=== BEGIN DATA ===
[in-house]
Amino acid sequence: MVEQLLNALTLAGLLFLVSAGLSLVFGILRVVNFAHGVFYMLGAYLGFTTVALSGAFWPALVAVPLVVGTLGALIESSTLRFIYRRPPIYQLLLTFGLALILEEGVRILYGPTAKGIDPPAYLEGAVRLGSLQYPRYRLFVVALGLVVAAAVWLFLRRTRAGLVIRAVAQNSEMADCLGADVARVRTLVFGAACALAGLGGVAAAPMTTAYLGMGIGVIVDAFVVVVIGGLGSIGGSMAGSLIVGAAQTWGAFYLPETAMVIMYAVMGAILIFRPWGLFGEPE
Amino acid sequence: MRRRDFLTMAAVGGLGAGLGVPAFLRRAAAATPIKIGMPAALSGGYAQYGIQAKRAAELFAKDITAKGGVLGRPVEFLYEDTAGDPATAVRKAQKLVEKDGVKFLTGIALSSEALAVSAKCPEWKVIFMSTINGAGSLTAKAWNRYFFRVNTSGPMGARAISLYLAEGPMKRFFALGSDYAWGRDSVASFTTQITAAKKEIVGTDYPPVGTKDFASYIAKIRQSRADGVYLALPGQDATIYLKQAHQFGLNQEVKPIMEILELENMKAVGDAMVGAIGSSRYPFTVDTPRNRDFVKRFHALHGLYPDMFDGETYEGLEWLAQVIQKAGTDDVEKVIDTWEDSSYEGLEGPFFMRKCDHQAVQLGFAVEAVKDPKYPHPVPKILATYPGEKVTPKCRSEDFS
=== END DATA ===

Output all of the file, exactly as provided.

[in-house]
Amino acid sequence: MVEQLLNALTLAGLLFLVSAGLSLVFGILRVVNFAHGVFYMLGAYLGFTTVALSGAFWPALVAVPLVVGTLGALIESSTLRFIYRRPPIYQLLLTFGLALILEEGVRILYGPTAKGIDPPAYLEGAVRLGSLQYPRYRLFVVALGLVVAAAVWLFLRRTRAGLVIRAVAQNSEMADCLGADVARVRTLVFGAACALAGLGGVAAAPMTTAYLGMGIGVIVDAFVVVVIGGLGSIGGSMAGSLIVGAAQTWGAFYLPETAMVIMYAVMGAILIFRPWGLFGEPE
Amino acid sequence: MRRRDFLTMAAVGGLGAGLGVPAFLRRAAAATPIKIGMPAALSGGYAQYGIQAKRAAELFAKDITAKGGVLGRPVEFLYEDTAGDPATAVRKAQKLVEKDGVKFLTGIALSSEALAVSAKCPEWKVIFMSTINGAGSLTAKAWNRYFFRVNTSGPMGARAISLYLAEGPMKRFFALGSDYAWGRDSVASFTTQITAAKKEIVGTDYPPVGTKDFASYIAKIRQSRADGVYLALPGQDATIYLKQAHQFGLNQEVKPIMEILELENMKAVGDAMVGAIGSSRYPFTVDTPRNRDFVKRFHALHGLYPDMFDGETYEGLEWLAQVIQKAGTDDVEKVIDTWEDSSYEGLEGPFFMRKCDHQAVQLGFAVEAVKDPKYPHPVPKILATYPGEKVTPKCRSEDFS